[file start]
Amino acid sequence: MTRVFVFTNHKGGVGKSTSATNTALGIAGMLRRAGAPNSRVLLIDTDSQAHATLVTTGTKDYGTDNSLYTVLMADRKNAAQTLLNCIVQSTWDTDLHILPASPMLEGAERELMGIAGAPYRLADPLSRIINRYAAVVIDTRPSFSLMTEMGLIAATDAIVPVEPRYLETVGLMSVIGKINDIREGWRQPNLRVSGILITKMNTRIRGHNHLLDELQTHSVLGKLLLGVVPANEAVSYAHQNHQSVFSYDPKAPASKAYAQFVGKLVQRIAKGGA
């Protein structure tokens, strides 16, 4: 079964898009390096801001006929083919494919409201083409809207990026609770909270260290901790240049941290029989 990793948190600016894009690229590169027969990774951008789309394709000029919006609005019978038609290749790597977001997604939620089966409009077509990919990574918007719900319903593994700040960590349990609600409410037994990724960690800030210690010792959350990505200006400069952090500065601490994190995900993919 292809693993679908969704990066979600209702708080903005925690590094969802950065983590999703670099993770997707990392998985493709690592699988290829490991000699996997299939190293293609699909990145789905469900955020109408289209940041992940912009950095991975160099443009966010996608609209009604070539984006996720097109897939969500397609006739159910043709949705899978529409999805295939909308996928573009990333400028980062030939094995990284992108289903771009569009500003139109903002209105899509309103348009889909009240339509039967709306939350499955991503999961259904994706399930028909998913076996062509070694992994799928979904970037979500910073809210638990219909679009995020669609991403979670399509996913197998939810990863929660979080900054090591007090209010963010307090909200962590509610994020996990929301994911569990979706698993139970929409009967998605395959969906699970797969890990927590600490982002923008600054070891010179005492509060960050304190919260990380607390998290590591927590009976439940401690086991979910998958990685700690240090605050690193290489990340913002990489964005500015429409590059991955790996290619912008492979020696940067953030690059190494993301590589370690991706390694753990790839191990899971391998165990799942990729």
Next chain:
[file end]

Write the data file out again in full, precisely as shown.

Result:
Amino acid sequence: MTRVFVFTNHKGGVGKSTSATNTALGIAGMLRRAGAPNSRVLLIDTDSQAHATLVTTGTKDYGTDNSLYTVLMADRKNAAQTLLNCIVQSTWDTDLHILPASPMLEGAERELMGIAGAPYRLADPLSRIINRYAAVVIDTRPSFSLMTEMGLIAATDAIVPVEPRYLETVGLMSVIGKINDIREGWRQPNLRVSGILITKMNTRIRGHNHLLDELQTHSVLGKLLLGVVPANEAVSYAHQNHQSVFSYDPKAPASKAYAQFVGKLVQRIAKGGA
């Protein structure tokens, strides 16, 4: 079964898009390096801001006929083919494919409201083409809207990026609770909270260290901790240049941290029989 990793948190600016894009690229590169027969990774951008789309394709000029919006609005019978038609290749790597977001997604939620089966409009077509990919990574918007719900319903593994700040960590349990609600409410037994990724960690800030210690010792959350990505200006400069952090500065601490994190995900993919 292809693993679908969704990066979600209702708080903005925690590094969802950065983590999703670099993770997707990392998985493709690592699988290829490991000699996997299939190293293609699909990145789905469900955020109408289209940041992940912009950095991975160099443009966010996608609209009604070539984006996720097109897939969500397609006739159910043709949705899978529409999805295939909308996928573009990333400028980062030939094995990284992108289903771009569009500003139109903002209105899509309103348009889909009240339509039967709306939350499955991503999961259904994706399930028909998913076996062509070694992994799928979904970037979500910073809210638990219909679009995020669609991403979670399509996913197998939810990863929660979080900054090591007090209010963010307090909200962590509610994020996990929301994911569990979706698993139970929409009967998605395959969906699970797969890990927590600490982002923008600054070891010179005492509060960050304190919260990380607390998290590591927590009976439940401690086991979910998958990685700690240090605050690193290489990340913002990489964005500015429409590059991955790996290619912008492979020696940067953030690059190494993301590589370690991706390694753990790839191990899971391998165990799942990729």
Next chain: